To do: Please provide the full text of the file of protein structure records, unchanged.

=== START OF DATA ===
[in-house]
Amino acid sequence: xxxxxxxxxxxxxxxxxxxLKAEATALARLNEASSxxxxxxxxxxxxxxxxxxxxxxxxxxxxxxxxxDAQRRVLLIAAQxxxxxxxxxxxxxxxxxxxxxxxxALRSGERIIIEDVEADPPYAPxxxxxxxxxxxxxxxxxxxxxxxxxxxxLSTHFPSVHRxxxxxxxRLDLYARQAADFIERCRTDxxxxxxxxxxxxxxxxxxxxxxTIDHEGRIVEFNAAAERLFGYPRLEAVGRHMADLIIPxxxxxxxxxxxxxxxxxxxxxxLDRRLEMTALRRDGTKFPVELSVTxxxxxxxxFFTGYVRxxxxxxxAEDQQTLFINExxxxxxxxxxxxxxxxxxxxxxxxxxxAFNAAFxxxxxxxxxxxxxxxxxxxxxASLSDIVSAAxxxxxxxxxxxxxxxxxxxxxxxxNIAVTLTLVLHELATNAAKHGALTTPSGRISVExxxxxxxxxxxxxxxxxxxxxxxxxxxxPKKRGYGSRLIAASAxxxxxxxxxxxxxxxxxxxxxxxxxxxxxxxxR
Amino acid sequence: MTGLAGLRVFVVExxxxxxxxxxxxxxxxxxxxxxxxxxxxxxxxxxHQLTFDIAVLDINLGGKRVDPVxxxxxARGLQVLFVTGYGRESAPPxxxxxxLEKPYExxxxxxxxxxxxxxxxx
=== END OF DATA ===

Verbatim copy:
[in-house]
Amino acid sequence: xxxxxxxxxxxxxxxxxxxLKAEATALARLNEASSxxxxxxxxxxxxxxxxxxxxxxxxxxxxxxxxxDAQRRVLLIAAQxxxxxxxxxxxxxxxxxxxxxxxxALRSGERIIIEDVEADPPYAPxxxxxxxxxxxxxxxxxxxxxxxxxxxxLSTHFPSVHRxxxxxxxRLDLYARQAADFIERCRTDxxxxxxxxxxxxxxxxxxxxxxTIDHEGRIVEFNAAAERLFGYPRLEAVGRHMADLIIPxxxxxxxxxxxxxxxxxxxxxxLDRRLEMTALRRDGTKFPVELSVTxxxxxxxxFFTGYVRxxxxxxxAEDQQTLFINExxxxxxxxxxxxxxxxxxxxxxxxxxxAFNAAFxxxxxxxxxxxxxxxxxxxxxASLSDIVSAAxxxxxxxxxxxxxxxxxxxxxxxxNIAVTLTLVLHELATNAAKHGALTTPSGRISVExxxxxxxxxxxxxxxxxxxxxxxxxxxxPKKRGYGSRLIAASAxxxxxxxxxxxxxxxxxxxxxxxxxxxxxxxxR
Amino acid sequence: MTGLAGLRVFVVExxxxxxxxxxxxxxxxxxxxxxxxxxxxxxxxxxHQLTFDIAVLDINLGGKRVDPVxxxxxARGLQVLFVTGYGRESAPPxxxxxxLEKPYExxxxxxxxxxxxxxxxx